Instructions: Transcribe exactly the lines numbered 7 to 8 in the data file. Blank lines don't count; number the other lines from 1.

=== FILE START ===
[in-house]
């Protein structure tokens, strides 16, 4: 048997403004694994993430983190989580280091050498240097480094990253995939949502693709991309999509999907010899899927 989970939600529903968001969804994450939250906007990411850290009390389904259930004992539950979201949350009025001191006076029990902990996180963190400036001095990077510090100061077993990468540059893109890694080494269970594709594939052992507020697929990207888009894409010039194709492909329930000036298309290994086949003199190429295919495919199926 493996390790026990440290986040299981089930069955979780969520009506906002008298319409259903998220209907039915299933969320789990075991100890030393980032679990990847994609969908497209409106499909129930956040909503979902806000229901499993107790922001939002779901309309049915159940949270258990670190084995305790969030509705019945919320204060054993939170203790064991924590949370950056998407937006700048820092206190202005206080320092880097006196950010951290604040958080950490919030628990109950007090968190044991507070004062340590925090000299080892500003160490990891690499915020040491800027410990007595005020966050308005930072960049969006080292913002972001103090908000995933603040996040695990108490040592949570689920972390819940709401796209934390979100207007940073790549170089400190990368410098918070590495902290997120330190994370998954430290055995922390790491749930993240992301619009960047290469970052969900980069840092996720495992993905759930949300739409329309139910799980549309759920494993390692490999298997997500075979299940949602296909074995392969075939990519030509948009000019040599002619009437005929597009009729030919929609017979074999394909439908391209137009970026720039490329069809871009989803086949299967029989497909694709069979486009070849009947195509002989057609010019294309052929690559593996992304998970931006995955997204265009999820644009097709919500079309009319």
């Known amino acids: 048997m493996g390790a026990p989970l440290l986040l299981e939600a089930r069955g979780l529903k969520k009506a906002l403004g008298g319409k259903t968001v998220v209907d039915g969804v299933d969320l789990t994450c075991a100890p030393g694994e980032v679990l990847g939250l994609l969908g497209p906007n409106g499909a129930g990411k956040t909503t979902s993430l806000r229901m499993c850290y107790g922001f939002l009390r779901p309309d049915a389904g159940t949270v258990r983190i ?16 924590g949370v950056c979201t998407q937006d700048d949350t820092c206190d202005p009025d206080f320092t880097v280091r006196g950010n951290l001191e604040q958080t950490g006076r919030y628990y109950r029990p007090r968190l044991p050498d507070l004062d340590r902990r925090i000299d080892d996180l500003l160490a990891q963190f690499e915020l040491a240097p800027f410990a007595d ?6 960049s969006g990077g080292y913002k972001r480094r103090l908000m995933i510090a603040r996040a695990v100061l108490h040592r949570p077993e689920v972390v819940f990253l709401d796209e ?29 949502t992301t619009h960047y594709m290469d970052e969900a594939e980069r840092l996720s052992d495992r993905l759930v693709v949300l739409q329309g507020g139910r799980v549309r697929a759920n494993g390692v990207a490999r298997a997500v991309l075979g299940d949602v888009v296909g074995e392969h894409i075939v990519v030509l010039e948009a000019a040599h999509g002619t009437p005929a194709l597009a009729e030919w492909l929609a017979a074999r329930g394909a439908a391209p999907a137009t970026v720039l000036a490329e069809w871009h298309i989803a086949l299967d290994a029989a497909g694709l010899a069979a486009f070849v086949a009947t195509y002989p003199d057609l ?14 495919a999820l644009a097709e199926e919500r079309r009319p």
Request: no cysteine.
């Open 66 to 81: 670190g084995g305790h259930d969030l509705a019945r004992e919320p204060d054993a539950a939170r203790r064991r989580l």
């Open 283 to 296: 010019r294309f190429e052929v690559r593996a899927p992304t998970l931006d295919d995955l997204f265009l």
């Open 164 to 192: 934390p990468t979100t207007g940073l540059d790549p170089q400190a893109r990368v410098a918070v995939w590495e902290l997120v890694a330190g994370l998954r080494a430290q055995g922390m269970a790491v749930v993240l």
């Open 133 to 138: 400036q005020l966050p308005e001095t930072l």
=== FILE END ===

């Open 164 to 192: 934390p990468t979100t207007g940073l540059d790549p170089q400190a893109r990368v410098a918070v995939w590495e902290l997120v890694a330190g994370l998954r080494a430290q055995g922390m269970a790491v749930v993240l």
């Open 133 to 138: 400036q005020l966050p308005e001095t930072l």